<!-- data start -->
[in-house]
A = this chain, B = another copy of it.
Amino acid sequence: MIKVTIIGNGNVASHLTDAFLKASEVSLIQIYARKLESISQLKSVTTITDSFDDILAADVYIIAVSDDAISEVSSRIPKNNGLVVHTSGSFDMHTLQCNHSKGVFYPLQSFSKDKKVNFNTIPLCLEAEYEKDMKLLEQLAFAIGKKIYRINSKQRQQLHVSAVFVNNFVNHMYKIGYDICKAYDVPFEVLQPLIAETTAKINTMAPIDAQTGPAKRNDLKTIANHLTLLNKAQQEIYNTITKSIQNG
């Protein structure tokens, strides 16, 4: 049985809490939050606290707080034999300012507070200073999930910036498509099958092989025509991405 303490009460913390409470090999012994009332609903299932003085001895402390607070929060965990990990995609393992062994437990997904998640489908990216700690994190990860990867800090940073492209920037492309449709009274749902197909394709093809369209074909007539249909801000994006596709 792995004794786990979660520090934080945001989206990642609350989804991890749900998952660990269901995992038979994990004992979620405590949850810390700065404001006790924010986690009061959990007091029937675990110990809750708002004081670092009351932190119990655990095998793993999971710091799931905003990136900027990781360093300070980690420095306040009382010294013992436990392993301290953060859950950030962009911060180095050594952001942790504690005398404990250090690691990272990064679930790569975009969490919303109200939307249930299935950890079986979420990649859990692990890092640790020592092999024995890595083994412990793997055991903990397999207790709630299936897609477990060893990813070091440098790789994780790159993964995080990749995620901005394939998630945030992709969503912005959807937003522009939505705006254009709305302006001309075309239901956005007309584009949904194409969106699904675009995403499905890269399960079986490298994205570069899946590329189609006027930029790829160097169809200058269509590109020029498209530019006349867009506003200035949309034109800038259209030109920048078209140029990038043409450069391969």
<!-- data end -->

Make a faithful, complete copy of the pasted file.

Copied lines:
[in-house]
A = this chain, B = another copy of it.
Amino acid sequence: MIKVTIIGNGNVASHLTDAFLKASEVSLIQIYARKLESISQLKSVTTITDSFDDILAADVYIIAVSDDAISEVSSRIPKNNGLVVHTSGSFDMHTLQCNHSKGVFYPLQSFSKDKKVNFNTIPLCLEAEYEKDMKLLEQLAFAIGKKIYRINSKQRQQLHVSAVFVNNFVNHMYKIGYDICKAYDVPFEVLQPLIAETTAKINTMAPIDAQTGPAKRNDLKTIANHLTLLNKAQQEIYNTITKSIQNG
């Protein structure tokens, strides 16, 4: 049985809490939050606290707080034999300012507070200073999930910036498509099958092989025509991405 303490009460913390409470090999012994009332609903299932003085001895402390607070929060965990990990995609393992062994437990997904998640489908990216700690994190990860990867800090940073492209920037492309449709009274749902197909394709093809369209074909007539249909801000994006596709 792995004794786990979660520090934080945001989206990642609350989804991890749900998952660990269901995992038979994990004992979620405590949850810390700065404001006790924010986690009061959990007091029937675990110990809750708002004081670092009351932190119990655990095998793993999971710091799931905003990136900027990781360093300070980690420095306040009382010294013992436990392993301290953060859950950030962009911060180095050594952001942790504690005398404990250090690691990272990064679930790569975009969490919303109200939307249930299935950890079986979420990649859990692990890092640790020592092999024995890595083994412990793997055991903990397999207790709630299936897609477990060893990813070091440098790789994780790159993964995080990749995620901005394939998630945030992709969503912005959807937003522009939505705006254009709305302006001309075309239901956005007309584009949904194409969106699904675009995403499905890269399960079986490298994205570069899946590329189609006027930029790829160097169809200058269509590109020029498209530019006349867009506003200035949309034109800038259209030109920048078209140029990038043409450069391969």